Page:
The estimated dosage of vanadium, which is available as an over-the-counter dietary supplement, generally ranges from 10–30 mcg a day. It is important to remember, however, that safe and effective dosages for the mineral have not yet been established. Some practitioners of complementary medicine, such as Dr. Robert Atkins, have recommended dosages as high as 25–50 mg (milligrams, not micrograms) daily for people with diabetes. The long-term health risks associated with taking dosages in this range are unknown.
Even without taking supplements, most adults get anywhere between 10–60 mcg of vanadium through a normal diet. Some authorities believe it is safer for people to avoid vanadium supplements altogether and increase their intake of foods known to contain the mineral. These include meat, seafood, whole grains, vegetable oil, canned fruit juices, soy products, and such vegetables as green beans, corn, carrots, and cabbage. Alcoholic beverages such as wine and beer also contain vanadium. Over-dosing on the vanadium contained in food is not considered a significant risk because the mineral is present only in very small amounts in plants and animals.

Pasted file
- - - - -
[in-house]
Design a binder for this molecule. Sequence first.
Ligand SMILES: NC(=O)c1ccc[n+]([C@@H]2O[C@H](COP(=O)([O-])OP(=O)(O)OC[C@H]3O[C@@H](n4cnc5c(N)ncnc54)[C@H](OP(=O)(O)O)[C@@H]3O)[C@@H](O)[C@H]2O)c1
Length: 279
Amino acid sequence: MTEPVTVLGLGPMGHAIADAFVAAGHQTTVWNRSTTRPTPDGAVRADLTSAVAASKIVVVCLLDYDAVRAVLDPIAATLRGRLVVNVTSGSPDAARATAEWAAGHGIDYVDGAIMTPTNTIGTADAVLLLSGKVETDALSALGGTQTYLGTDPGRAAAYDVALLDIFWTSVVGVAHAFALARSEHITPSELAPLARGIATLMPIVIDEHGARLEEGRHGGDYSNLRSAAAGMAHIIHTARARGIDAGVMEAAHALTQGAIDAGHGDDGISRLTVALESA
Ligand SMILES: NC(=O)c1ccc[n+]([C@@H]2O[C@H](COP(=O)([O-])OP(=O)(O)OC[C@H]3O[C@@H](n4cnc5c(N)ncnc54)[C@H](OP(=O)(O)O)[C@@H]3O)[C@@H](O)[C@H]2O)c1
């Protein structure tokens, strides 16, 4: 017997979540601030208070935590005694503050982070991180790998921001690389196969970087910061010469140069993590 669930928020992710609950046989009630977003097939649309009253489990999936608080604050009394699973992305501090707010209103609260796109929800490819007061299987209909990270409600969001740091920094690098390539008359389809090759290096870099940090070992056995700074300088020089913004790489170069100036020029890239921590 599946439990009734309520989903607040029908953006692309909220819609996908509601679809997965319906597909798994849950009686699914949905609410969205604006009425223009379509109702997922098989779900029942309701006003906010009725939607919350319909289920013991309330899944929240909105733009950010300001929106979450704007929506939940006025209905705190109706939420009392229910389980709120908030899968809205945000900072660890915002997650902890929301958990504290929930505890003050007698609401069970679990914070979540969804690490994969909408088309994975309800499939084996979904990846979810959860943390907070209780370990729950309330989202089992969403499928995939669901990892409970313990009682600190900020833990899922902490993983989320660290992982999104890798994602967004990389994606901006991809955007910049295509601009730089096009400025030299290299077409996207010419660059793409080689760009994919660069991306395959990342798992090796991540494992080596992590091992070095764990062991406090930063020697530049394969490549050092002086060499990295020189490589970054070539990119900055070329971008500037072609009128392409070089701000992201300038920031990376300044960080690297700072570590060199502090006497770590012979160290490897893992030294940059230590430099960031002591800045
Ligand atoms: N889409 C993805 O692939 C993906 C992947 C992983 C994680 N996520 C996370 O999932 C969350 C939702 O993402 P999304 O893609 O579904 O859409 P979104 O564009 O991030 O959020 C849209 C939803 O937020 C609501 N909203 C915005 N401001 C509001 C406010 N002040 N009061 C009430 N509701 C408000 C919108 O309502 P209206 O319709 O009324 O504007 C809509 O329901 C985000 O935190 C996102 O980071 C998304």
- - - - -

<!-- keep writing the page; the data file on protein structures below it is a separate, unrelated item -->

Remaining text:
It is important not to exceed the recommended intake of vanadium without medical supervision. Studies conducted in rats suggest that high dosages of vanadium can be harmful. This results from the fact that the mineral tends to build up in the body, reaching dangerously high levels when taken in excess. The reader should keep in mind that high dosages of vanadium have not yet been proven to have significant health benefits. The long-term health risks associated with taking vanadium supplements (in any dosage) are unknown.
Greg Annussek, The Gale Group Inc., Gale, Detroit,